What causes CHD?

85-90% of cases of CHD have no known cause or origin. In these cases the cause is theorized to be a form of multifactorial inheritance. This means that a possible combination of genetics from both parents and unknown environmental factors are involved in causing the heart defect.

Approximately 5% of CHDs are caused by chromosomal abnormalities. Normally a child inherits 23 chromosomes from each parent for a total of 46. Having extra chromosomes or too few chromosomes can result in birth defects like CHD. A few chromosomal abnormalities associated with CHD are:

  • Down Syndrome (Trisomy 21) – approximately 50% of babies born with Down Syndrome also have a congenital heart defect. The most common CHDs associated with Down Syndrome are Aterioventricular Septal Defects (AVSD), septal defects (ASD and/or VSD), and patent ductus arteriorsus (PDA).
  • Trisomy 18 and Trisomy 13
  • DiGeorge Syndrome (22q11.2 deletion)
  • Wolf-Hirshhorn Syndrome
  • Turner’s Syndrome and Mosaic Turner’s Syndrome
  • Cri-du-chat Syndrome

3-5% are due to single gene defects. The 46 chromosomes found in each cell are comprised of approximately 70,000 genes. Genes come in pairs with one gene inherited from the mother and one from the father. When a gene is abnormal (mutated) a number of health problems can arise, such as CHD in some cases. When a single gene mutation causes a set of health problems it is referred to as a syndrome. Some of the genetic syndromes associated with CHD are:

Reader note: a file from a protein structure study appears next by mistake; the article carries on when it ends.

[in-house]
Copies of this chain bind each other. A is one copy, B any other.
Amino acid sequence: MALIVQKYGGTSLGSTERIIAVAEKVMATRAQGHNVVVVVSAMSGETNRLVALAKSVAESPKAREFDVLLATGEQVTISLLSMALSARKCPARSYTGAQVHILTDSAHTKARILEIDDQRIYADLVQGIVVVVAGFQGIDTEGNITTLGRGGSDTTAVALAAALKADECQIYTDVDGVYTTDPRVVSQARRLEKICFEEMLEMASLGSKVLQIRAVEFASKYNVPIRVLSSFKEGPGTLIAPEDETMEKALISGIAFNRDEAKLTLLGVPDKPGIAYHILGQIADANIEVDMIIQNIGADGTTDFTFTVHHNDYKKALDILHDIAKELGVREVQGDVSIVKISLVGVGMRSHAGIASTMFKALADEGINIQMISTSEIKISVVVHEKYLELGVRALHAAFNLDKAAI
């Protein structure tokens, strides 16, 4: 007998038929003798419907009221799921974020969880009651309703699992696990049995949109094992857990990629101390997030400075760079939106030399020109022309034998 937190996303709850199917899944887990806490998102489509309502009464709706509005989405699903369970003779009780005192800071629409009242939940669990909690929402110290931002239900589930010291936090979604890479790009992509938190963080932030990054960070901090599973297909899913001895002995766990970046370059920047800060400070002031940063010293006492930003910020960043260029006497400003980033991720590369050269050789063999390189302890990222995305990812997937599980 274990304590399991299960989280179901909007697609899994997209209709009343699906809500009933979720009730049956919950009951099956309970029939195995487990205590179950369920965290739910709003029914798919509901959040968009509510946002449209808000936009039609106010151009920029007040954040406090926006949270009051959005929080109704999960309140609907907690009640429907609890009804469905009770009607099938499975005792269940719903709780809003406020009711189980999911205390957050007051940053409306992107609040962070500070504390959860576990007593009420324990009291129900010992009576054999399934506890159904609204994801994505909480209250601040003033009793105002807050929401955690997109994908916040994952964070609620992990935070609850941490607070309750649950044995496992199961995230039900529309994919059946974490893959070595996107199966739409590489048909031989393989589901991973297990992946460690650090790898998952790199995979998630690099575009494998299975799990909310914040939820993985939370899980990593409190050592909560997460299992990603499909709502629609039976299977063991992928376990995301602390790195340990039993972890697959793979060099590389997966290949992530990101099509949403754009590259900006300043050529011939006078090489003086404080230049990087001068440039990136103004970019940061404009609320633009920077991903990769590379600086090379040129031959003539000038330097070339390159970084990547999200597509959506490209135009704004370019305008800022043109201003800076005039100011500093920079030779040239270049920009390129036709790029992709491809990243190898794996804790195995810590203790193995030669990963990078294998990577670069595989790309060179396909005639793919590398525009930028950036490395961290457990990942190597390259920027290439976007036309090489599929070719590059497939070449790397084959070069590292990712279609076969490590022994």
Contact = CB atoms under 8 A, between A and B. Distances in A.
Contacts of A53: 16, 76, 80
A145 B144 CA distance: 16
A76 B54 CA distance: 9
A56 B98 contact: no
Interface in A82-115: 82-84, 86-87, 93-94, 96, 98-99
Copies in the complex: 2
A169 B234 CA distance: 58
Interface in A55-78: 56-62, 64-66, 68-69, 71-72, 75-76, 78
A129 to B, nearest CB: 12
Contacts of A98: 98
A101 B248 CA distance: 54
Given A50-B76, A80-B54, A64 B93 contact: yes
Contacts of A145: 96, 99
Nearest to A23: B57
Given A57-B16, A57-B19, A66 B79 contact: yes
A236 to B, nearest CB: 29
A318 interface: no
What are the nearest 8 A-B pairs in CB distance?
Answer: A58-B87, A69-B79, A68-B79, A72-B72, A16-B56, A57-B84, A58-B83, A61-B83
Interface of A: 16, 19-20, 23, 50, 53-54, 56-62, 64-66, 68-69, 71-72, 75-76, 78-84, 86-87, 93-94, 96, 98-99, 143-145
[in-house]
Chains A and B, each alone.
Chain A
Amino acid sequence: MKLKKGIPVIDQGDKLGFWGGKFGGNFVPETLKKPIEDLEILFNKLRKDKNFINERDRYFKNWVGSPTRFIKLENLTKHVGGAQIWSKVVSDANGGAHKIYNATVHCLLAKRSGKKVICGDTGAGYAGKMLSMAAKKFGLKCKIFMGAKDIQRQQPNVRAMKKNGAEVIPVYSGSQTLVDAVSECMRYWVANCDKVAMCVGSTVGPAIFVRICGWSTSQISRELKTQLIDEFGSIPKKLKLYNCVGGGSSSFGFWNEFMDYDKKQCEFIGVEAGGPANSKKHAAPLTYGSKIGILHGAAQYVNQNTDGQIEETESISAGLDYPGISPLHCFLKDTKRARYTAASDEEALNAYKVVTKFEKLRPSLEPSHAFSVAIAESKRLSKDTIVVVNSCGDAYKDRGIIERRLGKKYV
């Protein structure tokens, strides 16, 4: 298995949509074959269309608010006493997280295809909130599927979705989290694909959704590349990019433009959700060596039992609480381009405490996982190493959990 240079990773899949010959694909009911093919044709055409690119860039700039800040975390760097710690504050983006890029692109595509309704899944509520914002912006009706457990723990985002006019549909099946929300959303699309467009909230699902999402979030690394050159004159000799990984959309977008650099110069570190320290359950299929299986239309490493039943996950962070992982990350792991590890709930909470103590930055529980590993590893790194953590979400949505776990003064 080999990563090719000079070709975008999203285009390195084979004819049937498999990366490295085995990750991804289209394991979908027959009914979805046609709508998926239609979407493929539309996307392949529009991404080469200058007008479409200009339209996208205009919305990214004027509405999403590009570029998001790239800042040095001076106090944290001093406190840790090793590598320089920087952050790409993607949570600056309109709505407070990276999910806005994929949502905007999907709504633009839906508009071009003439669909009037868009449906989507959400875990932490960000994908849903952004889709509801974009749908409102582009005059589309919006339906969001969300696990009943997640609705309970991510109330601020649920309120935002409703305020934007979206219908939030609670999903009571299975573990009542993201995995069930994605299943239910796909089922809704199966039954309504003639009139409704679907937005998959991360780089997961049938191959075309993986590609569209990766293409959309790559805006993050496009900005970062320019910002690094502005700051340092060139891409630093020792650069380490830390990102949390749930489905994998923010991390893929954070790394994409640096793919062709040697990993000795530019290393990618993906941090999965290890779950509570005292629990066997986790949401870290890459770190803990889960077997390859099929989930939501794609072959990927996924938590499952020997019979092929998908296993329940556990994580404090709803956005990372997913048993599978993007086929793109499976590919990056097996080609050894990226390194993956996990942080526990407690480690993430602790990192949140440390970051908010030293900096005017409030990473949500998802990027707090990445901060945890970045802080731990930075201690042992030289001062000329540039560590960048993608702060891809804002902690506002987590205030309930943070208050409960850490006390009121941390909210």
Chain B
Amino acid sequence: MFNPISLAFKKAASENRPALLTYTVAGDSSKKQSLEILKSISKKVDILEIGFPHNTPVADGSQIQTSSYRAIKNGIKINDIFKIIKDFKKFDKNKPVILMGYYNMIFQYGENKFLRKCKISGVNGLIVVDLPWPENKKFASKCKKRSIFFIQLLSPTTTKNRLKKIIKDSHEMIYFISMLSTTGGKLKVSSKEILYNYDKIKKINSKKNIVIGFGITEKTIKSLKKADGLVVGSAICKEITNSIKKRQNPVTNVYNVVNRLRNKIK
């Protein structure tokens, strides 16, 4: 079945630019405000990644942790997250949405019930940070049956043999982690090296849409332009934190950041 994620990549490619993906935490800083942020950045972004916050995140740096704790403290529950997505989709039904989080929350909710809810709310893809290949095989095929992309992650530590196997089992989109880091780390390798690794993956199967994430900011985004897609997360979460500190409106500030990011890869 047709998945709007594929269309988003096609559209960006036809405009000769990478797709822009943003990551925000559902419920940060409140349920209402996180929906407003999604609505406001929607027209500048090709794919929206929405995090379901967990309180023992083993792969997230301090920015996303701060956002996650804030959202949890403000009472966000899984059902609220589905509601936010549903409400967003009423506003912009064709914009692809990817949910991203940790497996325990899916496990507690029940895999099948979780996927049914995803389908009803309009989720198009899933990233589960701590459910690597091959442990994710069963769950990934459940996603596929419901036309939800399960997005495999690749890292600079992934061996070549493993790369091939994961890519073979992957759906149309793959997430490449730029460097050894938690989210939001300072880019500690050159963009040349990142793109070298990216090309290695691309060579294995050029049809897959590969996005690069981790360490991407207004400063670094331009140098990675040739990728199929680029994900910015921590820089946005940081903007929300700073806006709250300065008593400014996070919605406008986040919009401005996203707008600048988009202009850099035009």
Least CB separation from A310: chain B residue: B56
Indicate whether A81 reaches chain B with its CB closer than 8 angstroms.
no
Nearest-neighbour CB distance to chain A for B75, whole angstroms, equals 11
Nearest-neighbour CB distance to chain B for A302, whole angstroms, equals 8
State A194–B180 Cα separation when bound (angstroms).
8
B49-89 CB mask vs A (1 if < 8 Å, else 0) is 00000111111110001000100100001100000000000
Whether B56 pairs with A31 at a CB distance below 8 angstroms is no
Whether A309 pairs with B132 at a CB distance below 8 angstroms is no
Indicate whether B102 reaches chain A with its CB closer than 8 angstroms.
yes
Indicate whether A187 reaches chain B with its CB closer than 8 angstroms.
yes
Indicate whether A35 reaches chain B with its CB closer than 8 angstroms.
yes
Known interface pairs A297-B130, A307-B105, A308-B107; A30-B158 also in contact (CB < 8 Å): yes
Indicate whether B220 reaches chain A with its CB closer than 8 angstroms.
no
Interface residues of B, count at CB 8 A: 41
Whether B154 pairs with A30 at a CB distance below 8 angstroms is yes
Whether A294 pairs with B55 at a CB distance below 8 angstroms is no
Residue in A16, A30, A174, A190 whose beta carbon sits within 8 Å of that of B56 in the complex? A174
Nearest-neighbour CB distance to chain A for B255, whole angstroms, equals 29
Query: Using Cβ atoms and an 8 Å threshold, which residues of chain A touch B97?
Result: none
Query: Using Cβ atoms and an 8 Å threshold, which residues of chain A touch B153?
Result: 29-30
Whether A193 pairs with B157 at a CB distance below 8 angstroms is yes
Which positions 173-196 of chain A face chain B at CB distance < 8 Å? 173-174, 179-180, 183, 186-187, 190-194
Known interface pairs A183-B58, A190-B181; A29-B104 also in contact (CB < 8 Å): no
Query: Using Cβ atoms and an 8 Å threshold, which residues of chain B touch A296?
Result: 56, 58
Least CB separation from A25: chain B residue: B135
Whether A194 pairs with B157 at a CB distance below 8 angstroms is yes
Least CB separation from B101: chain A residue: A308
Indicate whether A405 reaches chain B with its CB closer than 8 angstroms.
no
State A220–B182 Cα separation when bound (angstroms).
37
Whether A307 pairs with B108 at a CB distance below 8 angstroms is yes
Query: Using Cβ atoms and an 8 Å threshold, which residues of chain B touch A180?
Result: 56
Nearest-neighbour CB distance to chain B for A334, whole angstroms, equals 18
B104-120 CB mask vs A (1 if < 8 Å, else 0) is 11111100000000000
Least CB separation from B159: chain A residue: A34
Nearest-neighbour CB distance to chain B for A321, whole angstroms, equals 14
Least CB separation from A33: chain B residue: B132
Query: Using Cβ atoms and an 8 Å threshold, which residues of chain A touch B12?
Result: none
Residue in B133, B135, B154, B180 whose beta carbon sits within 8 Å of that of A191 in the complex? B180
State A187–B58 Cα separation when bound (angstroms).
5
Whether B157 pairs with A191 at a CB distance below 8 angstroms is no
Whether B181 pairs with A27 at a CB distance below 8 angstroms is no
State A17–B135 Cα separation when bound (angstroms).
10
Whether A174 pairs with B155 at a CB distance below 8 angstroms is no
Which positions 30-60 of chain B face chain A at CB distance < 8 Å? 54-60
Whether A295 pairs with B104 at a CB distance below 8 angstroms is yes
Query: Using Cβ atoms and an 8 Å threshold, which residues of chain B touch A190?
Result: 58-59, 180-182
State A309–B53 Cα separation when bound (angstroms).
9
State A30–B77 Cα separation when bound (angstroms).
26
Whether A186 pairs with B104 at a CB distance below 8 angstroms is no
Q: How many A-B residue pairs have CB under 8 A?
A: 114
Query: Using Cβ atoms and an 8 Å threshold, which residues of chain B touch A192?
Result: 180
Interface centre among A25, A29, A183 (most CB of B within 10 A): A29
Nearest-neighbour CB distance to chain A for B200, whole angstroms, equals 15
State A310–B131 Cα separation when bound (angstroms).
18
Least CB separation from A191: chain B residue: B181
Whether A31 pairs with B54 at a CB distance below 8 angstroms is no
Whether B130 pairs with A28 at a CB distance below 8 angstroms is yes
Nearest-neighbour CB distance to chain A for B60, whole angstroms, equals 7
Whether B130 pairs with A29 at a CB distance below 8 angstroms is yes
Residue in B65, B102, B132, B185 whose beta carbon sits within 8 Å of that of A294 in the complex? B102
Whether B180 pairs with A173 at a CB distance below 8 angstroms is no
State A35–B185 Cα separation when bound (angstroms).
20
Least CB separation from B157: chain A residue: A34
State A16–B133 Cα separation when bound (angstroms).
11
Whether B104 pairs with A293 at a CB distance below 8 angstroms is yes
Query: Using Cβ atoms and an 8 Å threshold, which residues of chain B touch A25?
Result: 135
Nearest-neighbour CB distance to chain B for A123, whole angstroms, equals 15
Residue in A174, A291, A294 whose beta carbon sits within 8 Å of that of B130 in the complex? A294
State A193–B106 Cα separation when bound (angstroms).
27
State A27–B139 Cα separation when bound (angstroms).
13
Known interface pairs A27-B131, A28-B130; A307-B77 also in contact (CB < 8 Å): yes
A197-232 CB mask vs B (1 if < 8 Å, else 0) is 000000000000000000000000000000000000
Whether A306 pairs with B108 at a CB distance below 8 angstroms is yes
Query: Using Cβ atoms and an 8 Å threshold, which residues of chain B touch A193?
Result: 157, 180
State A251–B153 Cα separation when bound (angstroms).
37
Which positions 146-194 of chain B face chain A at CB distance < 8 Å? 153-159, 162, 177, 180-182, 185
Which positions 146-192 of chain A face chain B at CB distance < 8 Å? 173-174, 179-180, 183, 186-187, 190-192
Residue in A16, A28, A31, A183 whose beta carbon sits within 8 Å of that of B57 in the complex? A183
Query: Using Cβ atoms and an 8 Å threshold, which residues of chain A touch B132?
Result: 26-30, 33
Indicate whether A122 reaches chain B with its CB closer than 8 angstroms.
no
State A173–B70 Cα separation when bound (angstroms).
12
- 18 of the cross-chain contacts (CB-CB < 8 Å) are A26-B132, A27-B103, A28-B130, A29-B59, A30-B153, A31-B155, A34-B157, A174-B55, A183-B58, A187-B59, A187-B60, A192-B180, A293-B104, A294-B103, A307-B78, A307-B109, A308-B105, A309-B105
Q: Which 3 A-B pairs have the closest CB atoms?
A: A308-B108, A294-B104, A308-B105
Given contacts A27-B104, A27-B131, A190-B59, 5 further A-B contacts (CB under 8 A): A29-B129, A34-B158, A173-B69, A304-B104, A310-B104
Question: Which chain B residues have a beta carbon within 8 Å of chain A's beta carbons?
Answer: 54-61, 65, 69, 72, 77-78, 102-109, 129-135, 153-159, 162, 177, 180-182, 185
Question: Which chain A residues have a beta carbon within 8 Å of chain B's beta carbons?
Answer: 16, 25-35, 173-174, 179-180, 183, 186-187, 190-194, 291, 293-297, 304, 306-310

• Noonan Syndrome
  • Marfan Syndrome
  • Holt-Oram Syndrome
  • Costello Syndrome
  • CHARGE Syndrome

2% can be attributed to environmental factors. Many mothers may be initially tempted to blame themselves for their baby’s CHD diagnosis thinking they did something wrong during pregnancy. It’s important to remember that most cases of CHD have no known cause and are not the result of anything you did or didn’t do. However, there are some medications and health conditions that are known to cause an increased risk in the occurrence of CHD, especially during the first few weeks of pregnancy when the heart is developing. Some known environmental risk factors are:

  • Some anti-seizure medications
  • Lithium based anti-depressants
  • Insulin-dependent diabetes (especially if not well controlled)
  • Lupus
  • Rubella (during pregnancy)

Talk to your OB about your medications and any risk factors you may have before becoming pregnant or as early in your pregnancy as possible.

If you are a parent with CHD your risk of having a child with CHD is increased compared to the general population. Talk to your doctor about if your heart defect could be genetic and what prenatal testing would be recommended.

If you are a parent of a child with CHD you may be wondering what your risk of having a second child with CHD is. For most healthy parents the rate of having a heart healthy child is 99%. When you have a child with CHD the risk of having a second child with a heart defect is increased by only 2-3%.